The other thing that is really difficult for me is the whole assigned seat thing. By nature, I am not an ‘assigned seat’ kind of teacher. I love flexible grouping and having students work with a variety of partners and groups. But the need to be able to ‘track’ students and who they have come in contact with, has made that difficult. I am keeping copious notes of which children are seated near each other and working together so I have that information just in case I ever need it. (Pray I don’t!)
While this is a lot, I do realize just how fortunate I am that I am not having to corral kiddos into tiny boxes to keep them 6 feet apart or wrangling them to keep masks on while in class.
Planning For Re-entry
In order to meet these requirements, I needed some good planning and organization. Here are a few things I am doing.
I don’t like the idea of assigned seats, but seeing as I have to track students, I knew this was going to be a non-negotiable safety measure. But here’s the thing, I absolutely HATE clear packing tape on my table. It’s not very convenient for when you want to move kids around, and I knew that I was going to need to move kids around eventually and inevitably.
Using these FREE desk tags I have from my Virtual Fine Motor Home Kit, I was able to make it happen. I found these little sticker magnetic pieces and placed a magnet on the back of each card and it works perfectly.
I can wipe up over the metal sticker piece when I need to clean tables and it also allows me to move kids quickly and easily as needed.
The other thing I did was to then stick a number sticker (that could be removed if I needed to change it) onto that desk plate.
That number would correspond to wear the student would be sitting on the floor during whole group time using SitSpots.
Initially, I was a bit concerned that they wouldn’t know their numbers and many don’t, but they were able to quickly recognize their number as it corresponded to the SitSpot on the floor. This helped me make sure that the same person they sat next to at their table was sitting next to them on the floor.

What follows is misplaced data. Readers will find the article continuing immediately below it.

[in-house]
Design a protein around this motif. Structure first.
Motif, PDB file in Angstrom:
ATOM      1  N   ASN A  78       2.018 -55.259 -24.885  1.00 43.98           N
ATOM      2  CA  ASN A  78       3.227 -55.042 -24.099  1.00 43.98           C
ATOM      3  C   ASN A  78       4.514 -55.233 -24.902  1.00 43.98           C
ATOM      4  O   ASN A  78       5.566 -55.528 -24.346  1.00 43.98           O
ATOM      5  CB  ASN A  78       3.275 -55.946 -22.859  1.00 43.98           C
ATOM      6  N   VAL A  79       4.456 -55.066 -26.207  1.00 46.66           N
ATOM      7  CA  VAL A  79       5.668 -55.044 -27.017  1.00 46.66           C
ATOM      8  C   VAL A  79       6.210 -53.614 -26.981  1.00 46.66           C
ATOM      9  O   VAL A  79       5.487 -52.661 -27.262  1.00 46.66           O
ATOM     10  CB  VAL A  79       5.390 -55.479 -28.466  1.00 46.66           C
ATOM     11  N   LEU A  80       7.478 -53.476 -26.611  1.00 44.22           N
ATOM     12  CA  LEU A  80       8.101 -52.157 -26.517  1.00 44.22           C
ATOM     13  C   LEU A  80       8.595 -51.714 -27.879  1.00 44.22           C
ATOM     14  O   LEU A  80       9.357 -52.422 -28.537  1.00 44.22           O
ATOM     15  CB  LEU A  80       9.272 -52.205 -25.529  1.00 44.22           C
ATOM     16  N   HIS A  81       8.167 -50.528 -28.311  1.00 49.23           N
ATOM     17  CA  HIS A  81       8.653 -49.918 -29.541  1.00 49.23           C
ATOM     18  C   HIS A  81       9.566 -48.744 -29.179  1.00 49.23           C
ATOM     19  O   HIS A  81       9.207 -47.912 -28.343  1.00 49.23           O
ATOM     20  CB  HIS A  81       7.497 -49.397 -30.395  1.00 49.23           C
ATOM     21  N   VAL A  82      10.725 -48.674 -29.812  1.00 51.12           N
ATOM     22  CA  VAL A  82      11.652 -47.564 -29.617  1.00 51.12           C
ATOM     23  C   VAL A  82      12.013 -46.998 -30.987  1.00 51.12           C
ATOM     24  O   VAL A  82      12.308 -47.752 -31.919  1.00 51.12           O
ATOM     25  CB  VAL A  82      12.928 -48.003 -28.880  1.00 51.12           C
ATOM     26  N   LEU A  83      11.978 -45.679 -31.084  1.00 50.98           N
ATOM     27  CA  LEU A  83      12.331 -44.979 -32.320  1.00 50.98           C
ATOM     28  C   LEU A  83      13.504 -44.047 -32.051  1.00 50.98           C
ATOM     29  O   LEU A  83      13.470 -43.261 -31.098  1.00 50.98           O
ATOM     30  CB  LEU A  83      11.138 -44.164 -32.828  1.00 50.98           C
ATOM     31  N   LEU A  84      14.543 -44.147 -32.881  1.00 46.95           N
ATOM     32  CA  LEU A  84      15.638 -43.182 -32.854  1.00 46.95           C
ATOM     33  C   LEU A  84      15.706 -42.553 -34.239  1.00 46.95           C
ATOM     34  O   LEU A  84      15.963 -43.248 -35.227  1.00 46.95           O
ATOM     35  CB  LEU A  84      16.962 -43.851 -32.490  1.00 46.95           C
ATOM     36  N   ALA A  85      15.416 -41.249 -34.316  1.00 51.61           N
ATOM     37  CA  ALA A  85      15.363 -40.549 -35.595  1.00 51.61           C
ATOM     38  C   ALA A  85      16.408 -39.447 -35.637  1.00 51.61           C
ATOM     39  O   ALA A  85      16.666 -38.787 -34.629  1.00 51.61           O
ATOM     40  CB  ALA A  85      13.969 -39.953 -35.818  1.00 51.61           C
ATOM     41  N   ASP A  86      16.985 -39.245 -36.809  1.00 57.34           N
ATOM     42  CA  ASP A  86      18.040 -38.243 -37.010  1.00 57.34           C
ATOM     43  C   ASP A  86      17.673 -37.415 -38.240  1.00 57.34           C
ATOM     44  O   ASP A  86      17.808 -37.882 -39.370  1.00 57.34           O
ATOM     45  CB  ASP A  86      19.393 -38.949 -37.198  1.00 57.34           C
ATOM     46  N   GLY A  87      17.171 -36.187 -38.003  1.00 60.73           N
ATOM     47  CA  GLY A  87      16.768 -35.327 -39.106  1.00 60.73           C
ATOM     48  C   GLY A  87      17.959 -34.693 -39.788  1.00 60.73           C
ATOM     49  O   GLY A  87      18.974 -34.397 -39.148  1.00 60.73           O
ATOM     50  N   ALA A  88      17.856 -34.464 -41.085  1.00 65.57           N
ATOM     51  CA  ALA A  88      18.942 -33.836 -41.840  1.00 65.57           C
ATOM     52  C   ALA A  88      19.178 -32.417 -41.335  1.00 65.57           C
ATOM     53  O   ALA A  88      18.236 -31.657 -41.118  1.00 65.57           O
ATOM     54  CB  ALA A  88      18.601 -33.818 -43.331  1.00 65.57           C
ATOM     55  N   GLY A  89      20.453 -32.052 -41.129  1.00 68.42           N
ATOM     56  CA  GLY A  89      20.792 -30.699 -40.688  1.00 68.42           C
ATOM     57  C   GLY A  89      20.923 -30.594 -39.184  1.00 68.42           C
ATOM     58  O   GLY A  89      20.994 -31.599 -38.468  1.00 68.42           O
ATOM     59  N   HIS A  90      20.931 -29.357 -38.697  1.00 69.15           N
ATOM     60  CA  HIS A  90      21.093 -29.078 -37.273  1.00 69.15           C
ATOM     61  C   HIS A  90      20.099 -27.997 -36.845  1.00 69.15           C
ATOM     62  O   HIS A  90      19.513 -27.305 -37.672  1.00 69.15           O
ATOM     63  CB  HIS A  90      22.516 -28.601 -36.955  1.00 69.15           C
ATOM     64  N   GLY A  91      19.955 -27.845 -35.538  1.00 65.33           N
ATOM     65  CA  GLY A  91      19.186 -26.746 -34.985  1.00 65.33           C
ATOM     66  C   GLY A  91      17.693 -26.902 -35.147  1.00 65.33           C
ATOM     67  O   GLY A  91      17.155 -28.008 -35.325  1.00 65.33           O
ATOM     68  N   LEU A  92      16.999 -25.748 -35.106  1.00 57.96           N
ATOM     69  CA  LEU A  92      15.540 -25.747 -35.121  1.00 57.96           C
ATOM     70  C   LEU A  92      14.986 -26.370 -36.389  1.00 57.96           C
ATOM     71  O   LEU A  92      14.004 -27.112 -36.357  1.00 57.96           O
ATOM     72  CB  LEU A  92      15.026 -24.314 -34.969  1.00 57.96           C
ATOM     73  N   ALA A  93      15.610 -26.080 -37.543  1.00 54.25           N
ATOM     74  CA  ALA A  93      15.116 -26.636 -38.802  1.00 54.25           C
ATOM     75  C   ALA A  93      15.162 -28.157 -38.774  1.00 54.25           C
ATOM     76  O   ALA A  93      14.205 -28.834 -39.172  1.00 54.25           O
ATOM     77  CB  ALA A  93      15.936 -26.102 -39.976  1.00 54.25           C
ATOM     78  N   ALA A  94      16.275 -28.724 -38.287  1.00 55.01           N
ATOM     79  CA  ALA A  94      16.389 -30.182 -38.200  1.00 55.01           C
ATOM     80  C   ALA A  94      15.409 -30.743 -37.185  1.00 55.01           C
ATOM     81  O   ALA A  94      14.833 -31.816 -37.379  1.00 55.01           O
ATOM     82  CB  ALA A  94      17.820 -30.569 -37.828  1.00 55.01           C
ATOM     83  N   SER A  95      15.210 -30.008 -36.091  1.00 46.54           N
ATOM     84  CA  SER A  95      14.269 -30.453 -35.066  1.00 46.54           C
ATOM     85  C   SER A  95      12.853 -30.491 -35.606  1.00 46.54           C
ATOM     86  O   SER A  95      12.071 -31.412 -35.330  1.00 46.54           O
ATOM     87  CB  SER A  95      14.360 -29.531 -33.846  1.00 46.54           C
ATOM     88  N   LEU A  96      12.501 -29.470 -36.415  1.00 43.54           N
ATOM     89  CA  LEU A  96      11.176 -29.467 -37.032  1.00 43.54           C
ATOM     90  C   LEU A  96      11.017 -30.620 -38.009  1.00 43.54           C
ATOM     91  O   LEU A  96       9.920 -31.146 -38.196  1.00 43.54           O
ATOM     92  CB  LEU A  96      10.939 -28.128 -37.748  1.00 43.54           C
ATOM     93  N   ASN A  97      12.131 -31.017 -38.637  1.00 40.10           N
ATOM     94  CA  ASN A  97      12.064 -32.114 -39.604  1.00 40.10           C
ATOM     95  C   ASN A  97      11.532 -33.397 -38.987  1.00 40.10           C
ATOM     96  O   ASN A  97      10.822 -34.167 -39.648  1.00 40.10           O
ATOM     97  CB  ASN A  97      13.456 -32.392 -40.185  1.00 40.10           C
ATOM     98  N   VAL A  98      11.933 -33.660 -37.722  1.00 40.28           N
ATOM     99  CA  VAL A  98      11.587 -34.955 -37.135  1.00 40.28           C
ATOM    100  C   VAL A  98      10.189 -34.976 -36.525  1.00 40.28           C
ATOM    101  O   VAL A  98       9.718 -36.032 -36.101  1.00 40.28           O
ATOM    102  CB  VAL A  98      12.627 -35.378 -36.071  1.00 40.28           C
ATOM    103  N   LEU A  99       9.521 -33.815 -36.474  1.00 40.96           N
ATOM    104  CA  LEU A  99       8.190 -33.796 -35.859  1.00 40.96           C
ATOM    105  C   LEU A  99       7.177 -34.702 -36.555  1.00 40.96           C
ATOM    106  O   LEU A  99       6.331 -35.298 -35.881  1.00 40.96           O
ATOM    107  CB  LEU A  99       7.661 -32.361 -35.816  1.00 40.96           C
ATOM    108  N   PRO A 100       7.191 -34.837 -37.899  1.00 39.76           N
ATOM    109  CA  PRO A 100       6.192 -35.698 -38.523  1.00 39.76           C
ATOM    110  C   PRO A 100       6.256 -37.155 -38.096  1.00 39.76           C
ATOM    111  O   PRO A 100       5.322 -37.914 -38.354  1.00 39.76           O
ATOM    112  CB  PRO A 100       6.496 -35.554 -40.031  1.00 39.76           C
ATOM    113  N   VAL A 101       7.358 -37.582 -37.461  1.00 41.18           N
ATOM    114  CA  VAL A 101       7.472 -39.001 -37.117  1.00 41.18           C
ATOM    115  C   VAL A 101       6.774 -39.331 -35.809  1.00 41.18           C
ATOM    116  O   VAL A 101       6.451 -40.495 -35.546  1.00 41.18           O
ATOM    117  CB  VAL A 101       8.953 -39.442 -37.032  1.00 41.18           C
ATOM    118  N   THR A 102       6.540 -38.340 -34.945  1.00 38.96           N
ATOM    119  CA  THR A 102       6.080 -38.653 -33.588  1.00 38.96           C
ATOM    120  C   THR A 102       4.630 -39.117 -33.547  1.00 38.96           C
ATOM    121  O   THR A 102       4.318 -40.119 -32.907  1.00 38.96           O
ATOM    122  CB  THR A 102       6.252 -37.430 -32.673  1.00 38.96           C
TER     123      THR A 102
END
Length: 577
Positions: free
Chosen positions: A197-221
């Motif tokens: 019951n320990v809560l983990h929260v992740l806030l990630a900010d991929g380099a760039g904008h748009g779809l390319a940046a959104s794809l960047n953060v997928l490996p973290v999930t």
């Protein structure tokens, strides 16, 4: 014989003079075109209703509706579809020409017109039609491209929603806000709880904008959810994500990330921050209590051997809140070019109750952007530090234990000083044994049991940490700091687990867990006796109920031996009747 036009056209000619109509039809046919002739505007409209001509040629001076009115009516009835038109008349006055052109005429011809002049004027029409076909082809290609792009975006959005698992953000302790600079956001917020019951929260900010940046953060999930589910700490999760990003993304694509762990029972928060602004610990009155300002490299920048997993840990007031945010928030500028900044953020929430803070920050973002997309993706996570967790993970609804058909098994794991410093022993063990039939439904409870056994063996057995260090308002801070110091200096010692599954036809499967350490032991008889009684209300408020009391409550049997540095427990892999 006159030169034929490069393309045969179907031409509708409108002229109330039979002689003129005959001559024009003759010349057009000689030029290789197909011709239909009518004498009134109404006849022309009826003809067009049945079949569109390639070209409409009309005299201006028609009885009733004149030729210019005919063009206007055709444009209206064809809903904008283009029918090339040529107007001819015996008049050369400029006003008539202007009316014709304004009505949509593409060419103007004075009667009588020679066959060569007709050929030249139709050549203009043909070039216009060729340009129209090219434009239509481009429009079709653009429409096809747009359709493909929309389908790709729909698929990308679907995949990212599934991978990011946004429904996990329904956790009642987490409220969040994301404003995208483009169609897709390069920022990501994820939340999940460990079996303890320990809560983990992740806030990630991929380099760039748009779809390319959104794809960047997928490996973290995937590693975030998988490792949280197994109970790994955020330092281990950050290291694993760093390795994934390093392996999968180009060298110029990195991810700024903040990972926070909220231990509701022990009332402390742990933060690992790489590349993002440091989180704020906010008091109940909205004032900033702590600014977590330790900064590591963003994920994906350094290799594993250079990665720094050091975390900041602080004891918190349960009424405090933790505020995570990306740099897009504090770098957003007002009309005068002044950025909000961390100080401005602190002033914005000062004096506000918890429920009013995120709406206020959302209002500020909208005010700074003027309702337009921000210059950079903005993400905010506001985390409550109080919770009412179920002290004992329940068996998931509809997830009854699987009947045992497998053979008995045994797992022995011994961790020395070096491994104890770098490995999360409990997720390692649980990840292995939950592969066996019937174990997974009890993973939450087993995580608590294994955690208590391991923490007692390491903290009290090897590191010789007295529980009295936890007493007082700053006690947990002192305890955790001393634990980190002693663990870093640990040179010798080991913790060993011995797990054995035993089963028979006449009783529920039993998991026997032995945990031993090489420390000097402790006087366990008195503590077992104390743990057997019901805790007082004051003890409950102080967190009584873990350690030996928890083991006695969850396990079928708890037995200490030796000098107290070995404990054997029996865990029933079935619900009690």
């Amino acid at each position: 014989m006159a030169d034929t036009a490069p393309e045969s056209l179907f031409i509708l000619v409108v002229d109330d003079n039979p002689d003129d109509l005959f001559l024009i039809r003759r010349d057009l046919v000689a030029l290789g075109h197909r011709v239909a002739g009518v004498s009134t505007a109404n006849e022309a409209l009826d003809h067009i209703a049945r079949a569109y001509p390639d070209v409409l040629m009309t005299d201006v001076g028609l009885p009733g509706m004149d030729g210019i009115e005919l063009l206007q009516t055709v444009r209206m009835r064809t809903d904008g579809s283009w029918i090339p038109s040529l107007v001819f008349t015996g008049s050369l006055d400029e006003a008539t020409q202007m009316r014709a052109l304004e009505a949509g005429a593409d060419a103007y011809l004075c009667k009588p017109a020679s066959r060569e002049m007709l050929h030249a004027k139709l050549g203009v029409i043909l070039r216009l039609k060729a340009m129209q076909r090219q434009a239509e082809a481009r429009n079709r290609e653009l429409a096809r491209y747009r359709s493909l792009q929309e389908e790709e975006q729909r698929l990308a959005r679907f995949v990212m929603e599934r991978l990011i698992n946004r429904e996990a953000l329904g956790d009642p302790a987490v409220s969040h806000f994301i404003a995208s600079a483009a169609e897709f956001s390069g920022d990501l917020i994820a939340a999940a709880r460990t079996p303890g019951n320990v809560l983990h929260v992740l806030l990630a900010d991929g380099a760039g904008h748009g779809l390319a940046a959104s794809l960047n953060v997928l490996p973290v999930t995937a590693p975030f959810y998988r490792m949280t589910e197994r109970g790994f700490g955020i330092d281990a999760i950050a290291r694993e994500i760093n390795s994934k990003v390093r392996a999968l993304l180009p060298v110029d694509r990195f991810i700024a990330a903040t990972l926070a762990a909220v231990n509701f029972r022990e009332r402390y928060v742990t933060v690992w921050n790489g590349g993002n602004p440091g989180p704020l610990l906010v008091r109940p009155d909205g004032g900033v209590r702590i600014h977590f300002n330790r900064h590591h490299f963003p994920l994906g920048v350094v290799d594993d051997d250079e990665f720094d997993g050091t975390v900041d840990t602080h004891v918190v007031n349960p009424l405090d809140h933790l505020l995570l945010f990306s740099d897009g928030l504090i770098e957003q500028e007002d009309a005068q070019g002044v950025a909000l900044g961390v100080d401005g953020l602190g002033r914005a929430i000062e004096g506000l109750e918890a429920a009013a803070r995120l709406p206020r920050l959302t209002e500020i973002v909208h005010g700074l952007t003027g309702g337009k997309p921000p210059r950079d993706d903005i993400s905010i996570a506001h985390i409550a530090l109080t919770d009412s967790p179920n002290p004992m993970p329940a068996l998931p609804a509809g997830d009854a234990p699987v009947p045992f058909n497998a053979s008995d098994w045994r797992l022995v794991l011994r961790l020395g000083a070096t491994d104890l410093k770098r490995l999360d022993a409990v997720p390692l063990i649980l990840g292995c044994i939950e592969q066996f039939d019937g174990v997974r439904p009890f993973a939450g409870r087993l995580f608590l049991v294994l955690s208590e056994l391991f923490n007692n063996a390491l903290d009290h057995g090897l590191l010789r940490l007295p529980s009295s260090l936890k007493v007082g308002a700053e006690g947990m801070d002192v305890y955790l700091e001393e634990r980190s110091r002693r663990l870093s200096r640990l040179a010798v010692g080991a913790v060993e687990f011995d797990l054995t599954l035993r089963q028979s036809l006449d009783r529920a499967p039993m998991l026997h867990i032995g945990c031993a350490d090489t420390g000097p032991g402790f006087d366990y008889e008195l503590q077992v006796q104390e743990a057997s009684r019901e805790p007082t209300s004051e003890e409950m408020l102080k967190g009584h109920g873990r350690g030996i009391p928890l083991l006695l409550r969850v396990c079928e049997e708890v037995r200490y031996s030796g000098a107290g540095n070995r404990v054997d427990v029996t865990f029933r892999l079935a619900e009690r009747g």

Those SitSpots have been a lifesaver for many reasons. Of course for whole group they have been absolutely necessary and essential to keep kids in place and at a distance.
I have like 26 numbers down right now and have spaced these out even further since this picture, but I only 20 students so I can add a few numbers between kids to make more space.
They are also used to color-code where students should sit if they are doing floor work during Morning Work Stations (That would be the light blue dots.) and indicate where a good place to ‘read to self’ would be when practice building reading stamina. (That would be the white dots.)
The SitSpots for social distancing are also coming in super handy for morning breakfast. Everyone knows that standing in line and giving the students ahead of you distance is a challenge for little people, but by having these visuals on my carpet, my kiddos know where to lineup, where to wait and where to stop and grab breakfast. It’s made it so simple.
You can find out more about SitSpots by visiting HERE. I encourage you to purchase only the original SitSpots if you’re interested from this link because not only is the creator of SitSpots a former teacher, but her shipping speed and customer service is unparalleled. Check out their entire selection. It’s awesome.